When I click to download a file through Firefox, a dialog window appears asking me whether I want to save the file somewhere or open it immediately once downloaded.

Screenshot of a Firefox download dialog

The OK button in the dialog window starts disabled, and doesn't enable until the dialog has had focus for around a second. The dialog isn't modal, and if I focus on another window the OK button will disable and again won't re-enable until the window has held focus for a second.

My partner lamented at this design, and asked me why she couldn't just click OK to download immediately - I responded that I've always thought it was a security feature. Now that I think about it however, I'm not certain exactly what behavior it could be preventing. I would have thought that it might prevent some malicious website from downloading a file secretly by forcing the download window to stay open for at least long enough to see whats going on - however it should be possible for a site to download stuff secretly in the background anyway. Regardless I presume most users would have clicked the 'do this automatically from now on' box at some point, and thus be unprotected anyway...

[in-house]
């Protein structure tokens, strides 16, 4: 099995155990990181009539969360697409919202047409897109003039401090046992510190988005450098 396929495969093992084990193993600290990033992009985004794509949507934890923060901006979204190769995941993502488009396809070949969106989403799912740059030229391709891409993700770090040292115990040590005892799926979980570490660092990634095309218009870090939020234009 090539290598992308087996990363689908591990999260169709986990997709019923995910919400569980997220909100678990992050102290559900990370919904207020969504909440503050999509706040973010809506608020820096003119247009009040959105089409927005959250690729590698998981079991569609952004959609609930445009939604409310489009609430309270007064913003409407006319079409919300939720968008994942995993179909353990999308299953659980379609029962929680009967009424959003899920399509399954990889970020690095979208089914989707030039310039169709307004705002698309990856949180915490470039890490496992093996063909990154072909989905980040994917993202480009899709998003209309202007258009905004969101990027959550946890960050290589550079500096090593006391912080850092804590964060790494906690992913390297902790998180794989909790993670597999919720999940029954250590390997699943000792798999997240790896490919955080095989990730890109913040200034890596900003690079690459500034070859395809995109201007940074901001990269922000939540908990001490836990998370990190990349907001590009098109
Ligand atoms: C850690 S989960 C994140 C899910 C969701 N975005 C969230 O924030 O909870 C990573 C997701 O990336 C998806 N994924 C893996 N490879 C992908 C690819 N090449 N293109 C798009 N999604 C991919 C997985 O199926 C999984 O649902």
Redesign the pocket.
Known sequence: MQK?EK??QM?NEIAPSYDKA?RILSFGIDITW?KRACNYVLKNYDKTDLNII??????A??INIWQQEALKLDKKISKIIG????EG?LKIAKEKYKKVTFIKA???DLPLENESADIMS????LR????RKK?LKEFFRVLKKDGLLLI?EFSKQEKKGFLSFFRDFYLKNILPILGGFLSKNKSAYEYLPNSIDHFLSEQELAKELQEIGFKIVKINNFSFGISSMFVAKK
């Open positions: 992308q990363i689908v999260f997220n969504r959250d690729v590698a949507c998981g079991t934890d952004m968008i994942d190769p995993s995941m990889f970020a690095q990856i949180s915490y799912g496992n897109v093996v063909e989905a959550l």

So, is this a security feature? If so what does it protect against?

  • I kinda thought it was probably some strange piece of slowness caused by inefficiency by whoever developed the specific code by Firefox. If Firefox had it clear that the delay was intentional, such as changing the value of the button to say "OK in 3..." and show a countdown, then at least I would have understood that this was clearly intentional behavior.
    – TOOGAM
    Commented Mar 26, 2016 at 16:09
  • 6
    yes, supposed to enhance security but can be turned of by setting security.dialog_enable_delay = 0 [ superuser.com/questions/1023643/… ]
    – eMPee584
    Commented Jul 16, 2018 at 10:15

5 Answers 5


Yes, it is a security feature, and the purpose of the delay is to prevent attacks based around tricking the user into entering input to skip past the dialog by popping it up unexpectedly when the user is in the middle of inputting multiple key presses or mouse clicks in quick succession. The two examples that are given in this blog post explaining the feature are:

  • A CAPTCHA that asks the user to type the word only. When they press n, a save dialog is popped up, and then the user will immediately press l and then y, which is the keyboard shortcut for OK on some browsers, unintentionally confirming the download
  • A webpage that convinces the user to double-click somewhere on screen, positioned so that when the dialog opens after the first click, their mouse pointer is right over the "OK" button, meaning that they immediately confirm it.

By disabling the button for several seconds, the input has no effect.

Mozilla bug report about the issue

  • 20
    Also user can use extra time to actually check file name/type. Without ad-block you can accidentally download some evil .exe instead of actual content. I have not experienced input trick myself yet, but from time to time I delete "evil toolbar [32].exe" from my download folder ;)
    – PTwr
    Commented Mar 21, 2016 at 9:21
  • 12
    I'm finally enlightened.
    – Aloha
    Commented Mar 21, 2016 at 11:55
  • 89